The Dutch central bank told The Wall Street Journal that one concern is that sharp property price increases could be forcing households to take on excessive risk to finance home purchases. Prices in the Netherlands, where there is also a housing supply crunch, rose 7.8% last year, after a 6.9% rise in 2019, according to analysts at ING Groep.
Canada’s central bank governor, Tiff Macklem, said in February there were early signs of “excess exuberance” in the Canadian housing market, with prices up 17% on an adjusted basis over a one-year period, according to the Canadian Real Estate Association. Mr. Macklem said officials would be monitoring the situation closely, but dismissed taking measures to rein in sales, saying the economy needed all the support it could get.
Governments say they are also worried about pricing more families out of the market, which could exacerbate economic imbalances that have worsened during the pandemic and potentially drive younger people to put off having children.
In Seoul, where house prices at one point last year were up nearly 15% on an annualized basis, some couples are postponing registering marriages in the hope of making it easier to buy homes. Income thresholds for low-interest mortgages in South Korea are more generous for individuals than couples.
In New Zealand, Sam Hindle, 29, says he and his wife bid on six houses and were rejected for all of them because of competition from other buyers, and eventually agreed to buy a house off-market from a friend.
“It’s just been a nightmare,” said Mr. Hindle, who works in a bank call center and lives about a four-hour drive from Auckland.
Government officials recently told New Zealand’s central bank that it must consider the impact its policy decisions have on housing, though doing so could complicate rate-setting. The central bank also restricted the volume of high-risk mortgages banks can offer.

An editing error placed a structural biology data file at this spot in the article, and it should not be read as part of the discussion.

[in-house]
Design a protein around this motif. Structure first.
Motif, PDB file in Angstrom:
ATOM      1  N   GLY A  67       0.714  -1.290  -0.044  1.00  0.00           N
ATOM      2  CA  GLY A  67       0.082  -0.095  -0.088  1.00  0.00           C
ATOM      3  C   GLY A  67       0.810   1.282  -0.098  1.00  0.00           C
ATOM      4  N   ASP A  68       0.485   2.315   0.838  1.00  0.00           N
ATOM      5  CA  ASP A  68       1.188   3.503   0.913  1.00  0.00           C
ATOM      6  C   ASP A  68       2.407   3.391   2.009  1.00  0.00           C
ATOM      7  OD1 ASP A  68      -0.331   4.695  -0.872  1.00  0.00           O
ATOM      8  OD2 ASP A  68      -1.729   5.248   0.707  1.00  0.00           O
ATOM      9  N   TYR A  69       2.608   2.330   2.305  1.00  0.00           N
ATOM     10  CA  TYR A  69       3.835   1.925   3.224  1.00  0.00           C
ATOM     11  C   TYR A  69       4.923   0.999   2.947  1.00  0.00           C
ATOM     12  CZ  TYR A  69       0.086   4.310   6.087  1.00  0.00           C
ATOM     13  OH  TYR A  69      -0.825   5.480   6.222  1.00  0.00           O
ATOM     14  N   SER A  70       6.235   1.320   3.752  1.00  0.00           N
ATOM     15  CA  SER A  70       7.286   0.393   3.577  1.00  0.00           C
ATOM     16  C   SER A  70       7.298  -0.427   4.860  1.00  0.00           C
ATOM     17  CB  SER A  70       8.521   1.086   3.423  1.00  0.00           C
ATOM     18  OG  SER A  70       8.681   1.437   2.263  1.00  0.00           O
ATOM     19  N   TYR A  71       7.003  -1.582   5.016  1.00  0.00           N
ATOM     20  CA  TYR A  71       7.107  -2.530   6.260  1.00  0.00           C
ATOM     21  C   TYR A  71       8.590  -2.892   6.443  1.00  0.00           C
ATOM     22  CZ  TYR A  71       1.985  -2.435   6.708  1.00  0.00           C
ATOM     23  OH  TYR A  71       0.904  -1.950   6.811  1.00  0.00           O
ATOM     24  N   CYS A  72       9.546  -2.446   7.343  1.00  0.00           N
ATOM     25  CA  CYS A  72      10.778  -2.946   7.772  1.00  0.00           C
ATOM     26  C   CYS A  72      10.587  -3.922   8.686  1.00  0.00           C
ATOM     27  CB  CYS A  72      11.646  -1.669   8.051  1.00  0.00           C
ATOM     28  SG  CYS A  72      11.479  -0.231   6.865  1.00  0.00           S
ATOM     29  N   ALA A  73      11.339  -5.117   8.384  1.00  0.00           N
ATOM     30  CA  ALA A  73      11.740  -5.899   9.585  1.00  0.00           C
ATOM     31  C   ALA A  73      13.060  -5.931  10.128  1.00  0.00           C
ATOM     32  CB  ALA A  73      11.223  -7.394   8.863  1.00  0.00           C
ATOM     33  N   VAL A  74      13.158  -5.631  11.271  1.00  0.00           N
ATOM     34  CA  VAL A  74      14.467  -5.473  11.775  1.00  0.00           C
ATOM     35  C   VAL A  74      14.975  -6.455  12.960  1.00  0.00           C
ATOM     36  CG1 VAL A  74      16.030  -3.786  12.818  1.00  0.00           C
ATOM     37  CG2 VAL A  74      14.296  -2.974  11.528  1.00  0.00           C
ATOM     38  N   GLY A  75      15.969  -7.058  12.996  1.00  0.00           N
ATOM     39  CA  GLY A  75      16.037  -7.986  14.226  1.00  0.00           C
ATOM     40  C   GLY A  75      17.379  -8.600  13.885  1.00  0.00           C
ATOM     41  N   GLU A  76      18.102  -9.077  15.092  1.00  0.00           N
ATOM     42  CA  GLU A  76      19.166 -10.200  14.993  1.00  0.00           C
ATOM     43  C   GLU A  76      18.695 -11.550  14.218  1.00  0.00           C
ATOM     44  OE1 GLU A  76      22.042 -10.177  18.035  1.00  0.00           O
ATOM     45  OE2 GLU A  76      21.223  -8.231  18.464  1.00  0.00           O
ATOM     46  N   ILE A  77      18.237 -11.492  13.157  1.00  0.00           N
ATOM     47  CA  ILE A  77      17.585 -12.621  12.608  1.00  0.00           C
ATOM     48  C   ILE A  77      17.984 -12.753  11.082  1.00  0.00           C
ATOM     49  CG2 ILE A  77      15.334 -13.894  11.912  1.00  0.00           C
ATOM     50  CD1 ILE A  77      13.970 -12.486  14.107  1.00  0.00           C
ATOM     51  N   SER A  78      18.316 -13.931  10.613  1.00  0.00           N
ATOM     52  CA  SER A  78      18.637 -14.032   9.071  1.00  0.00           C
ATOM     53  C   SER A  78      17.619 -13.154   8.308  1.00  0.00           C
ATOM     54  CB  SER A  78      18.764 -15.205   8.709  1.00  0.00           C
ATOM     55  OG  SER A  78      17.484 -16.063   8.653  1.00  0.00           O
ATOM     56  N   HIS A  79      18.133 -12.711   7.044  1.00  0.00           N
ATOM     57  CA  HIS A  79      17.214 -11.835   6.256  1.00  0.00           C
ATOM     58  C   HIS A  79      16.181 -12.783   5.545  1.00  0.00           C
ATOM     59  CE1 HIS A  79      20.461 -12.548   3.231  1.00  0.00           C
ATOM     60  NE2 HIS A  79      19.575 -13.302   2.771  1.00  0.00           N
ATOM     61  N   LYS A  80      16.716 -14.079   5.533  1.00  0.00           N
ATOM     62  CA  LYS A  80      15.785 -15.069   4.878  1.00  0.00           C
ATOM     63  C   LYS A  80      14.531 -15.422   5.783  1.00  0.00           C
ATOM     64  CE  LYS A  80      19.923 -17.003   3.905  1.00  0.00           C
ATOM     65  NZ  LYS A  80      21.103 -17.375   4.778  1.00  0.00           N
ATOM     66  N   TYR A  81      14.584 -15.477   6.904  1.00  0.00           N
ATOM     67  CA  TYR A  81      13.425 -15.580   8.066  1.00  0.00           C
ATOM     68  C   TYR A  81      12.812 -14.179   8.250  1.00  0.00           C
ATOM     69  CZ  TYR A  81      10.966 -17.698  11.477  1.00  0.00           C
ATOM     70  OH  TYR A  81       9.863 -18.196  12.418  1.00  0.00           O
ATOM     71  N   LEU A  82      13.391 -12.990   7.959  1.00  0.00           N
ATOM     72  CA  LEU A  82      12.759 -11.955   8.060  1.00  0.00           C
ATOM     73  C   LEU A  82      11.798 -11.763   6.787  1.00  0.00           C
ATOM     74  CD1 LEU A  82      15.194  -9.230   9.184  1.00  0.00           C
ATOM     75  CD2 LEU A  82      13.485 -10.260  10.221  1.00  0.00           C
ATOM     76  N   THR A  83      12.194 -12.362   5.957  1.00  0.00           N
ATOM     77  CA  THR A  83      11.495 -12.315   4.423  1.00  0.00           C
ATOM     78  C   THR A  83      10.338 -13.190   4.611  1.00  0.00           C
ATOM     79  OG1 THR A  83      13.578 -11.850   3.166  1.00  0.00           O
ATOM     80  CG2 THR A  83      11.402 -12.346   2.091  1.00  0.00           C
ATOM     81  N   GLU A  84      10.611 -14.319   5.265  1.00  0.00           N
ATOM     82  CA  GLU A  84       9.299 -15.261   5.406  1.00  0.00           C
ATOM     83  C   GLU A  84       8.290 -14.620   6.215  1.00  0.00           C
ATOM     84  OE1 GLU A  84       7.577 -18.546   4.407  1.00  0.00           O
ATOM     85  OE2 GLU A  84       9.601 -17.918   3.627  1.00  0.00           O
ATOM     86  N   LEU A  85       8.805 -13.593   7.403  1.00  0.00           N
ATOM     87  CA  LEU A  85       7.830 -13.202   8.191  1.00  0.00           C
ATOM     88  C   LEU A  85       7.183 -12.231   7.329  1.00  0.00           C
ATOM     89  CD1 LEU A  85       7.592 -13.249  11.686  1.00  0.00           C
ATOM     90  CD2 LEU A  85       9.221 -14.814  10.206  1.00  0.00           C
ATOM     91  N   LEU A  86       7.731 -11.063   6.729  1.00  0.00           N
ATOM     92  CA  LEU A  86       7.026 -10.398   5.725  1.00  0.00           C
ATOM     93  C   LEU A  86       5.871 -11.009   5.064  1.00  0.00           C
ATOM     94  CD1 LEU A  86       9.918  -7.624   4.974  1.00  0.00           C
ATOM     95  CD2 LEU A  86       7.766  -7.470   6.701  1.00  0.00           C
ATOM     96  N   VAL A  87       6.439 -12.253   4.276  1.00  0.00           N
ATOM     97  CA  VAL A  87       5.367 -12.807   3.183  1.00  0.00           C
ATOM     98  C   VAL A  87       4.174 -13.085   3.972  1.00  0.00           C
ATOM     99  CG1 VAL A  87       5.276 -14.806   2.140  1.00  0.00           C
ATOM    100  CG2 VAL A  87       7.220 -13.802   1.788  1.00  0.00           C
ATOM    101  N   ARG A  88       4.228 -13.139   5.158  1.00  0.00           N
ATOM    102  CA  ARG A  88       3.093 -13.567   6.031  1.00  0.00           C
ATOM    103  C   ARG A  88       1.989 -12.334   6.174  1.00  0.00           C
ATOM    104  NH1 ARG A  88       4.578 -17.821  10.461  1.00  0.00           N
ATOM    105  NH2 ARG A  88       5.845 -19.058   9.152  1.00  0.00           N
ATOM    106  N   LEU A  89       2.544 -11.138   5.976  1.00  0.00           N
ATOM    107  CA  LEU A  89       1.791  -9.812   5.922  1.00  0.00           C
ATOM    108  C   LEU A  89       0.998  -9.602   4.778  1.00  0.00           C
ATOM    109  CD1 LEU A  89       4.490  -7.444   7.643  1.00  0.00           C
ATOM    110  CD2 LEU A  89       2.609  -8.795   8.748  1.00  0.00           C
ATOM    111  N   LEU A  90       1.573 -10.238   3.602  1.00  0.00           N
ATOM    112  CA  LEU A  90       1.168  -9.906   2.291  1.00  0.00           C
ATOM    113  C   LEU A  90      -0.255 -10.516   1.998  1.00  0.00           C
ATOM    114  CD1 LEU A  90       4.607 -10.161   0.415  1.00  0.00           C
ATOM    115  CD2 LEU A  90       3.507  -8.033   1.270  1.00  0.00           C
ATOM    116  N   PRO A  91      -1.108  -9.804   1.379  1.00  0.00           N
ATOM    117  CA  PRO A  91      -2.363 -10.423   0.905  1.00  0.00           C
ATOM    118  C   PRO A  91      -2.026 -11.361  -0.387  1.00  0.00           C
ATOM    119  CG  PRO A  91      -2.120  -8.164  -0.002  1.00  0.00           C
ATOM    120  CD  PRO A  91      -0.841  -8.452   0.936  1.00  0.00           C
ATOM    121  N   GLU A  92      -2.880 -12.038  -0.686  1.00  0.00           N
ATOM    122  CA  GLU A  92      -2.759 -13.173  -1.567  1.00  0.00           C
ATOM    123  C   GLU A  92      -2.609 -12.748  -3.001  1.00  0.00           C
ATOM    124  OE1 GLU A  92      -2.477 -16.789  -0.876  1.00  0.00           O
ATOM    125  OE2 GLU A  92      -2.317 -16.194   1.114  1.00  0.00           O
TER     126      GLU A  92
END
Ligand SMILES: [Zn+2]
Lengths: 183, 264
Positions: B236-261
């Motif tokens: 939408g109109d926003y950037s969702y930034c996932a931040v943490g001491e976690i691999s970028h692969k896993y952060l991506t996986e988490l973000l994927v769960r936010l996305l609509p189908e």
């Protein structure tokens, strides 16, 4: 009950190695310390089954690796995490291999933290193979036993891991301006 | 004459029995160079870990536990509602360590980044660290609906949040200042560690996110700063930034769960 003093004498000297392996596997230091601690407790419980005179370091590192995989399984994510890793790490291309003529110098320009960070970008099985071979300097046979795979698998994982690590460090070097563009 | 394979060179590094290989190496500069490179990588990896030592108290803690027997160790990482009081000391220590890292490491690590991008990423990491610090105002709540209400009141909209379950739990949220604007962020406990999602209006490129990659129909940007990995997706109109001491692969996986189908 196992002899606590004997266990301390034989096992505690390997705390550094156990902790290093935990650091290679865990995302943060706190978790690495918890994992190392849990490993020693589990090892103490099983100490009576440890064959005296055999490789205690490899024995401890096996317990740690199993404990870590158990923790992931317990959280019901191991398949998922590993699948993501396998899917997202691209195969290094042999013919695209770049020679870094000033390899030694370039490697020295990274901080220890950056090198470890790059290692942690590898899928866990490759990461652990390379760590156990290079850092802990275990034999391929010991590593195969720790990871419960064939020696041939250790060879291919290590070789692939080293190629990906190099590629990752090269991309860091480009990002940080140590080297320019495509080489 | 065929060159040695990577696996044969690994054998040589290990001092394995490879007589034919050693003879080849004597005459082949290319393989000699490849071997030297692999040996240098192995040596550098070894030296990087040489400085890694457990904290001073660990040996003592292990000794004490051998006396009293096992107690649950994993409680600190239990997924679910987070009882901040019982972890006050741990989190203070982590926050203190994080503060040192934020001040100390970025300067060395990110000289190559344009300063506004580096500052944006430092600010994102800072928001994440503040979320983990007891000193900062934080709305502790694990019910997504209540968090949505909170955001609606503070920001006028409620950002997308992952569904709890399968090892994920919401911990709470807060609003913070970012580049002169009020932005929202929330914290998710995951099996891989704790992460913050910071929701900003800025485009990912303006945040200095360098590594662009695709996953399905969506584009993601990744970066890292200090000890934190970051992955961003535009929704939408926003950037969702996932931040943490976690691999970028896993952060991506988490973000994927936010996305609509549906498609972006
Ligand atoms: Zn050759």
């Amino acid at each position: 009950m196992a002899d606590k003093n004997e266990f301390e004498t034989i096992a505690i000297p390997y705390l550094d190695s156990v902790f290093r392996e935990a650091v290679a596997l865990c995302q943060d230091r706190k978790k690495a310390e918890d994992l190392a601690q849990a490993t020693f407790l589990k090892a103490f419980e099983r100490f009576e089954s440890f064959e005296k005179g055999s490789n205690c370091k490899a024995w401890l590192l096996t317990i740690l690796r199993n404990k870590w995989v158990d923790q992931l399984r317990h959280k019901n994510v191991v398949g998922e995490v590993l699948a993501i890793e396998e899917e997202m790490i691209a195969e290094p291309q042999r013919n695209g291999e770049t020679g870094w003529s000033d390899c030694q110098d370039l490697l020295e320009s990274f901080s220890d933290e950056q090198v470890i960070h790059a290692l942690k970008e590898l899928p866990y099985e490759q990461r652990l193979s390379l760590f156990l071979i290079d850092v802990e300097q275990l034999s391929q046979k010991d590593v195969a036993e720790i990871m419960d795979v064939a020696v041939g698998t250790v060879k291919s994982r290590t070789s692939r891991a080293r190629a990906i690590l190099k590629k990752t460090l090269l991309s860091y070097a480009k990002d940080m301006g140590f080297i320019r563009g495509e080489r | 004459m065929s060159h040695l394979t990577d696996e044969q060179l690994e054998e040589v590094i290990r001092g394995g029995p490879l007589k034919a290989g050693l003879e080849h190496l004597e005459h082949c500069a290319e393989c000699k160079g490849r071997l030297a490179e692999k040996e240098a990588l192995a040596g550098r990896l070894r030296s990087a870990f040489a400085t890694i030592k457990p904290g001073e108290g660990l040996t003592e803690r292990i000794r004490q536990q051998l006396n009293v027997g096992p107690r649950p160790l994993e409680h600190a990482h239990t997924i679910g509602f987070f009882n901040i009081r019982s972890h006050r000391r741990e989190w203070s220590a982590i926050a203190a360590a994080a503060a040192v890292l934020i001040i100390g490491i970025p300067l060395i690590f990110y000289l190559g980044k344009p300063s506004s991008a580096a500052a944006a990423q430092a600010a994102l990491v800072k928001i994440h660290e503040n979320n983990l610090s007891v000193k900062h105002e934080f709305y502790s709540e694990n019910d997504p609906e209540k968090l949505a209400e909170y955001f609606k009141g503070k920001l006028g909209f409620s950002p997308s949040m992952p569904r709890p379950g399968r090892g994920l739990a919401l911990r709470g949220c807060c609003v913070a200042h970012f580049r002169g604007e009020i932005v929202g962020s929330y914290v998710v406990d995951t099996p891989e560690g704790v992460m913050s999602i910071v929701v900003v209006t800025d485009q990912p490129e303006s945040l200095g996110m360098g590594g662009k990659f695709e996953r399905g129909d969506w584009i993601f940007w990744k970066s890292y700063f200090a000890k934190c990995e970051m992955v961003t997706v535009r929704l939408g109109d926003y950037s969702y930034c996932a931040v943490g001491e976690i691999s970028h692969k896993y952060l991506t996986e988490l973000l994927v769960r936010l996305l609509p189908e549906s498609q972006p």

Last year, China put new limits on developer financing in the hope of cooling housing prices, but the market has remained frothy. In early March, the chairman of China’s main banking regulator said he was worried about a possible correction in home prices, which could threaten banks’ stability.
Europe’s housing prices have kept climbing despite a much bleaker economic outlook than in the U.S. or China. In part that is because governments have kept supporting families with salary subsidies and moratoriums on loan repayments. It is also because interest rates remain extraordinarily low, with mortgage rates averaging 1.35% across the eurozone.
In Denmark, mortgage holders have been able to borrow money at negative interest, meaning borrowers only pay the bank an administration fee. Negative interest in their favor either gets discounted from the fee or deducted from their mortgage principal.
Michael Stausholm, a Copenhagen real-estate agent, said he has sold 45 homes in less than three months this year, putting him on track to beat last year’s record of 161 sales, despite Covid-19 restrictions.
“A lot of people want to put their money in brick,” Mr. Stausholm said.
Pre-pandemic, the Dutch central bank ruled that banks would need to hold more capital to cover potential losses in mortgage-loan portfolios, but implementation was postponed because of Covid-19. The central bank has also called for the government to gradually phase out tax incentives for homeowners, including mortgage-interest deductions.
Mick ten Bosch, a real-estate agency owner in Amsterdam, said he had 450 people trying to view one house last year, compared with an average of 20 pre-pandemic. This year is even busier, with houses selling for 15% to 20% above asking price, he added.
Teun Kraaij, a 34-year-old entrepreneur, bought a house in an area by the beach near Amsterdam with more space for his two children. While he had enough money to pay the full purchase price outright, his banker advised him to take a mortgage with a 1.2% interest rate.
“It’s so cheap to borrow money nowadays, it doesn’t make sense not to do it,” Mr. Kraaij said.